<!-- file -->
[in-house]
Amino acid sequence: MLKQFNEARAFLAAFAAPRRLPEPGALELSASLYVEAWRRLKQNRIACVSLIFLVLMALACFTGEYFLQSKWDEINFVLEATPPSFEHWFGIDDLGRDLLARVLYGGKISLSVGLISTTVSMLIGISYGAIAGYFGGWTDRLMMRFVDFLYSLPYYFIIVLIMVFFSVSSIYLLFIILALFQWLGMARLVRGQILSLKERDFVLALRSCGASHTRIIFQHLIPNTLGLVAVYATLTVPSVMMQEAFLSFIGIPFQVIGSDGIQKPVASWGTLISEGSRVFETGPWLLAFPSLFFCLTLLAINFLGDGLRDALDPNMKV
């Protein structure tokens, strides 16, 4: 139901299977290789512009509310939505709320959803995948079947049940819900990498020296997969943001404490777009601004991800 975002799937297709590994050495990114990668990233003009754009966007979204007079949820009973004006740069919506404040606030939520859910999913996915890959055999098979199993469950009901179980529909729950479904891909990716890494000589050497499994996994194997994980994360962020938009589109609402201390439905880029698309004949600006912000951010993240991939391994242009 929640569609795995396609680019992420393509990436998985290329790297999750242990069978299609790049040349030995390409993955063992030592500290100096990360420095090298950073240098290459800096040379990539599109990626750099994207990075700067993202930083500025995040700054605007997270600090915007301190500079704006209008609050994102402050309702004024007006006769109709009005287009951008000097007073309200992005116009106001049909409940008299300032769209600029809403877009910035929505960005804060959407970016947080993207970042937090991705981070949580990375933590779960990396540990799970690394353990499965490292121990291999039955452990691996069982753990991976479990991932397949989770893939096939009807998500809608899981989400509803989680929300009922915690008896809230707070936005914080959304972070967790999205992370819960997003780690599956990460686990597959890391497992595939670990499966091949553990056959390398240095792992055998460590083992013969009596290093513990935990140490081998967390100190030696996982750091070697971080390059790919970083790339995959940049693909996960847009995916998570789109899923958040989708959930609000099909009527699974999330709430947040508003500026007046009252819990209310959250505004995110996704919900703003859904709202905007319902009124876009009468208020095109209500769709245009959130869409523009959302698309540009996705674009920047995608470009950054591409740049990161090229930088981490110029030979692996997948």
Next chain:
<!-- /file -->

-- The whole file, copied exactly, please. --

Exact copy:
[in-house]
Amino acid sequence: MLKQFNEARAFLAAFAAPRRLPEPGALELSASLYVEAWRRLKQNRIACVSLIFLVLMALACFTGEYFLQSKWDEINFVLEATPPSFEHWFGIDDLGRDLLARVLYGGKISLSVGLISTTVSMLIGISYGAIAGYFGGWTDRLMMRFVDFLYSLPYYFIIVLIMVFFSVSSIYLLFIILALFQWLGMARLVRGQILSLKERDFVLALRSCGASHTRIIFQHLIPNTLGLVAVYATLTVPSVMMQEAFLSFIGIPFQVIGSDGIQKPVASWGTLISEGSRVFETGPWLLAFPSLFFCLTLLAINFLGDGLRDALDPNMKV
């Protein structure tokens, strides 16, 4: 139901299977290789512009509310939505709320959803995948079947049940819900990498020296997969943001404490777009601004991800 975002799937297709590994050495990114990668990233003009754009966007979204007079949820009973004006740069919506404040606030939520859910999913996915890959055999098979199993469950009901179980529909729950479904891909990716890494000589050497499994996994194997994980994360962020938009589109609402201390439905880029698309004949600006912000951010993240991939391994242009 929640569609795995396609680019992420393509990436998985290329790297999750242990069978299609790049040349030995390409993955063992030592500290100096990360420095090298950073240098290459800096040379990539599109990626750099994207990075700067993202930083500025995040700054605007997270600090915007301190500079704006209008609050994102402050309702004024007006006769109709009005287009951008000097007073309200992005116009106001049909409940008299300032769209600029809403877009910035929505960005804060959407970016947080993207970042937090991705981070949580990375933590779960990396540990799970690394353990499965490292121990291999039955452990691996069982753990991976479990991932397949989770893939096939009807998500809608899981989400509803989680929300009922915690008896809230707070936005914080959304972070967790999205992370819960997003780690599956990460686990597959890391497992595939670990499966091949553990056959390398240095792992055998460590083992013969009596290093513990935990140490081998967390100190030696996982750091070697971080390059790919970083790339995959940049693909996960847009995916998570789109899923958040989708959930609000099909009527699974999330709430947040508003500026007046009252819990209310959250505004995110996704919900703003859904709202905007319902009124876009009468208020095109209500769709245009959130869409523009959302698309540009996705674009920047995608470009950054591409740049990161090229930088981490110029030979692996997948």
Next chain: